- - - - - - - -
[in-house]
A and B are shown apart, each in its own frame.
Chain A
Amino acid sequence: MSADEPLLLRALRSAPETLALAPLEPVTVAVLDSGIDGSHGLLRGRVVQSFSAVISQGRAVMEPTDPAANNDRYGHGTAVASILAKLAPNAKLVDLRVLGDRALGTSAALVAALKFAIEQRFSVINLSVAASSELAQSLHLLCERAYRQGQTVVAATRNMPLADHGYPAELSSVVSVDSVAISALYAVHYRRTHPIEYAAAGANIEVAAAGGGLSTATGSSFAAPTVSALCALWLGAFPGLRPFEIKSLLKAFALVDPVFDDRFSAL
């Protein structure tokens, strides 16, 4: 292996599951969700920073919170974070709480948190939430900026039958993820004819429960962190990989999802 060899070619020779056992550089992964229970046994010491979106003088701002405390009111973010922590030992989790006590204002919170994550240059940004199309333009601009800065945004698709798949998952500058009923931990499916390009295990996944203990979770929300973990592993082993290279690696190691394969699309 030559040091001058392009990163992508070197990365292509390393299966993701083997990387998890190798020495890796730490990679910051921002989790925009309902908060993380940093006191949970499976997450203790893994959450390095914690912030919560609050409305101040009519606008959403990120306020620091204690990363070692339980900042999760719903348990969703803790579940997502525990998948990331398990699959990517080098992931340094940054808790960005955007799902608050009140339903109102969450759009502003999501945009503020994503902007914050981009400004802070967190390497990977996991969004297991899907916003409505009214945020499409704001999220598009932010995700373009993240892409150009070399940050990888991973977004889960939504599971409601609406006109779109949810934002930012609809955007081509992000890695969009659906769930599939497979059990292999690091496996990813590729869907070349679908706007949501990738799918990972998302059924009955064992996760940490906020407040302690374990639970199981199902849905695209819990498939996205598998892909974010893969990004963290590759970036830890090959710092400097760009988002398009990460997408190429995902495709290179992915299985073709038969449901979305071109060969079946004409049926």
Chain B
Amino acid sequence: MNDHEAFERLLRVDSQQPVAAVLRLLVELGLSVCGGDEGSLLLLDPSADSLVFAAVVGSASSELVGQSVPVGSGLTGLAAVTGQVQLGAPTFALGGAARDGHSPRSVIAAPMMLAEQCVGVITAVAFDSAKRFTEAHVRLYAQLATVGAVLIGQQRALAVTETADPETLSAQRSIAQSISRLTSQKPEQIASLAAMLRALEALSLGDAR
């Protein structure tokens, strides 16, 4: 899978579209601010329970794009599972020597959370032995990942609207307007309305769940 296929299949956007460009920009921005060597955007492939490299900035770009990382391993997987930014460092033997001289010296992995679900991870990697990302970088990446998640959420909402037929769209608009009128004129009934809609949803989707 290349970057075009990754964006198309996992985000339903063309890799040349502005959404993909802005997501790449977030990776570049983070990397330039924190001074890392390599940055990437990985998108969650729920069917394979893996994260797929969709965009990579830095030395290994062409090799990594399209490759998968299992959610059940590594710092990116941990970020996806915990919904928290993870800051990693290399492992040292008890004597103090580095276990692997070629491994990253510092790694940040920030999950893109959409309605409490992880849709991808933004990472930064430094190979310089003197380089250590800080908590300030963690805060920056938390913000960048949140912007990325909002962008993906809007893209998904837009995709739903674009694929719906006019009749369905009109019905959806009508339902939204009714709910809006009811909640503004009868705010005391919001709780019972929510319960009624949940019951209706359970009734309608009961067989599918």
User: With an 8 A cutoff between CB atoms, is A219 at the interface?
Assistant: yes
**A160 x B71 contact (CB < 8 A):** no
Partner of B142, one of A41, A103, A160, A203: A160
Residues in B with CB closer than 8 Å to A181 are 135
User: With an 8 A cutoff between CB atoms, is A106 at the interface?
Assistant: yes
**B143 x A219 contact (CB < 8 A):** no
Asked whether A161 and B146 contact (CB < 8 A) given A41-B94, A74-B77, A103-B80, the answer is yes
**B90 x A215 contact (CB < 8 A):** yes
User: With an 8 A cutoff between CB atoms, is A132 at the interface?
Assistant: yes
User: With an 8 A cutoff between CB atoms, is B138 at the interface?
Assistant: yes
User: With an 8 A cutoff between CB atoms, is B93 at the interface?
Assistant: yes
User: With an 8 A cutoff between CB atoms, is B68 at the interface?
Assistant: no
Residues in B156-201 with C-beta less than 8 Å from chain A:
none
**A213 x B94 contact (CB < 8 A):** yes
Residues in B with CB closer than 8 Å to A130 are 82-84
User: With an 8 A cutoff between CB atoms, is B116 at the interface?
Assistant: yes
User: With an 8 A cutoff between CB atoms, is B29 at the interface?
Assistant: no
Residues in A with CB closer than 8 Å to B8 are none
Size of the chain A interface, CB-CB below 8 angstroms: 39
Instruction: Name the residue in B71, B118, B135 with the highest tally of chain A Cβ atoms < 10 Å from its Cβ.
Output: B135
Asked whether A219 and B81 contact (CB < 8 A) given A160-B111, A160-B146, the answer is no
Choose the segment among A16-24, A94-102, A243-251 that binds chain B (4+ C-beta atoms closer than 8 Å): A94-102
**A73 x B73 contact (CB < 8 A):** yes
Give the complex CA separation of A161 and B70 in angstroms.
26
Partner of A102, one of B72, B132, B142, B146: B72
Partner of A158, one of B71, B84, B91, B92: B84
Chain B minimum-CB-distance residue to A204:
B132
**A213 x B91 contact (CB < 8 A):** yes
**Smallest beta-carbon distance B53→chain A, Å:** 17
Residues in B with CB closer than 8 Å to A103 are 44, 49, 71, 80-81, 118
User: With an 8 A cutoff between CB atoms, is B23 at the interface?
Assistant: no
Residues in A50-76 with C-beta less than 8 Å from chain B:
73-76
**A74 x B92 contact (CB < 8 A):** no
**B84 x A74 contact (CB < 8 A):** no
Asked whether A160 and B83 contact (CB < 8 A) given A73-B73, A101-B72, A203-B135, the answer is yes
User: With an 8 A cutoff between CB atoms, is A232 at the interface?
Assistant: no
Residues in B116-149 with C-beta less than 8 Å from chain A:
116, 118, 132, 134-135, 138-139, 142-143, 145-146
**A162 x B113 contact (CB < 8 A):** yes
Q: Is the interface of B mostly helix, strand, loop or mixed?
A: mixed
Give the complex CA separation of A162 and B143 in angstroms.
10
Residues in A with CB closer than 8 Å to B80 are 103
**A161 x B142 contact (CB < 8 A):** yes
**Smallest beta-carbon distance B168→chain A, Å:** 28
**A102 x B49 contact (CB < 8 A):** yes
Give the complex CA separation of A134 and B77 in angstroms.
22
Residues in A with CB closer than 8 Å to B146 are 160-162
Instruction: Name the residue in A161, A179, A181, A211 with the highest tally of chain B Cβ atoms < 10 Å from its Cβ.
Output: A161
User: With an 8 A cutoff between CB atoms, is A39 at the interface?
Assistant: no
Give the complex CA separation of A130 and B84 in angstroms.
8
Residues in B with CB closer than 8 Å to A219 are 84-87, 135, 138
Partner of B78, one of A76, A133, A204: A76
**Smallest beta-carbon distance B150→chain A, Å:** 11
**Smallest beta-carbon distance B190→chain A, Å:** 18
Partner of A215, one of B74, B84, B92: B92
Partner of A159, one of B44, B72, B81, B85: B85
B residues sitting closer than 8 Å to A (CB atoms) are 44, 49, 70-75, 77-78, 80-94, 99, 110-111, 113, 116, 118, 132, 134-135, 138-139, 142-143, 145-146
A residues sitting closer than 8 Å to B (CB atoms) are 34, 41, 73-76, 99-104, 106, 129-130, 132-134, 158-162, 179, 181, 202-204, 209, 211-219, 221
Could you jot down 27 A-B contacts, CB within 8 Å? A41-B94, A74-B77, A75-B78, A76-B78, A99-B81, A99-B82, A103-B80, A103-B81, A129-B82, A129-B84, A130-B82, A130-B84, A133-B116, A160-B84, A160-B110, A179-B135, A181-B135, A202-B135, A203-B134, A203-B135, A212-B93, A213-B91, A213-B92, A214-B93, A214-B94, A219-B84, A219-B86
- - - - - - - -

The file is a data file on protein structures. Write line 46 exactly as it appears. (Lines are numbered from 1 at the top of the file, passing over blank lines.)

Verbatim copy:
Chain B minimum-CB-distance residue to A204: